Kintsugi and Processes of Productive Damage: The Values of Embodiment and Emotion For Antiracism Work in Education

Open Access
Author:
Badenhorst, Paul Roger
Graduate Program:
Curriculum and Instruction
Degree:
Doctor of Philosophy
Document Type:
Dissertation
Date of Defense:
April 27, 2018
Committee Members:
  • Jeanine M Staples, Dissertation Advisor
  • Joseph M Valente, Committee Chair
  • Gail Louise Boldt, Committee Member
  • Samuel Jaye Tanner, Committee Member
  • Julia A Green Bryan, Outside Member
Keywords:
  • Race
  • Higher Education
  • Teacher Education
  • Embodiment
  • Emotion
  • Melancholic Object Attachments
  • Antiracism
Abstract:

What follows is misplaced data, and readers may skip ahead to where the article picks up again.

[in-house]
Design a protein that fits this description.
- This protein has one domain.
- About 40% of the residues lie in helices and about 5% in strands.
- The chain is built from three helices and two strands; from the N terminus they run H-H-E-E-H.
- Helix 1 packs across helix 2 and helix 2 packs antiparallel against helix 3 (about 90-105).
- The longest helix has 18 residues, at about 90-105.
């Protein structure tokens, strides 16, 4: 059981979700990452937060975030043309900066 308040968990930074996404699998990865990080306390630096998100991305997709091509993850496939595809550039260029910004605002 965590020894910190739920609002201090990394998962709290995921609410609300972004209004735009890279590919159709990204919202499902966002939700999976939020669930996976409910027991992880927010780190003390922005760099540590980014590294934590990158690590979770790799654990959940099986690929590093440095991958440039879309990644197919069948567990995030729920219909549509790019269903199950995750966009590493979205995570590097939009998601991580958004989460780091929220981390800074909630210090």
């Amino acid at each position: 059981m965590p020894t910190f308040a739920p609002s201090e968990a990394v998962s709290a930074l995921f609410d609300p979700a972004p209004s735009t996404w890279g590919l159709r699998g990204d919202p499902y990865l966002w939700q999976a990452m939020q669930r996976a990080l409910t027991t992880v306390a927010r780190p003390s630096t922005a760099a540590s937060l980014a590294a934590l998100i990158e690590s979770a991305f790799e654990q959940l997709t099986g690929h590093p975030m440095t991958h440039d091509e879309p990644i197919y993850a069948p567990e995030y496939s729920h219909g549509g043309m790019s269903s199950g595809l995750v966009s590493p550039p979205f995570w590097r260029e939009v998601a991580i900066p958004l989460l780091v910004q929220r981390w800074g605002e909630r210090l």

What does it mean to say that race is an event, action, and encounter between bodies rather than an attribute of subjects? What may we come to behold when we recognize the inherent limitations of focusing exclusively on race as language and social construct, and the converse pregnant supplementary existential capacity of the material, especially in context to matters of race and racism for education and beyond? In pursuit of greater revalorization of the values of matter and embodiment for our understanding of race as simultaneous biological and cultural phenomenon, the following work offers an empirical anthropological sketch of multi-layered encounters with race as these emerge and unfold both intra- and inter-subjectively through and among a racially-diverse group of university students. Such relational focus further uncovers the simultaneous need to account for the value of emotions – which are always mapped through and over bodies – in our engagements with race and racism. It contends that racial subjectivities, old and new, emerge through material embodied encounters that then reproduce and reify within the psyche, persisting in variegated identity alignments of trust and estrangement. On such grounds, antiracism work comes to be an ongoing process of psychic and identity excavation that persistently relies on reengagement with the body and materiality, and such insight is demonstrated to hold particular salience for intersectionally-grounded antiracism work in education. A complex work of educational ethnography largely employing psychoanalytic and new materialist theoretical lenses, this dissertation follows racial subjectification and identification through seasons of ongoing becoming and flux co-constituted by iterative forms of violence and reconciliation. It leaves us with the challenge of re-conceptualizing relational antiracism work as akin to the metaphoric mending and revalorization of broken pottery. Our racial hurts and injured dreams, all different yet painful in iterative and varying degrees, paradoxically hold the very means through which the mending of relationships predicated on already existent embodied subjectivities and essences can once again occur. Notably, embedded within the subliminal subtext of this work is the white man writer’s own deeply conflicted and contradictory movements of approach and evasion of both racialized others and racialized self.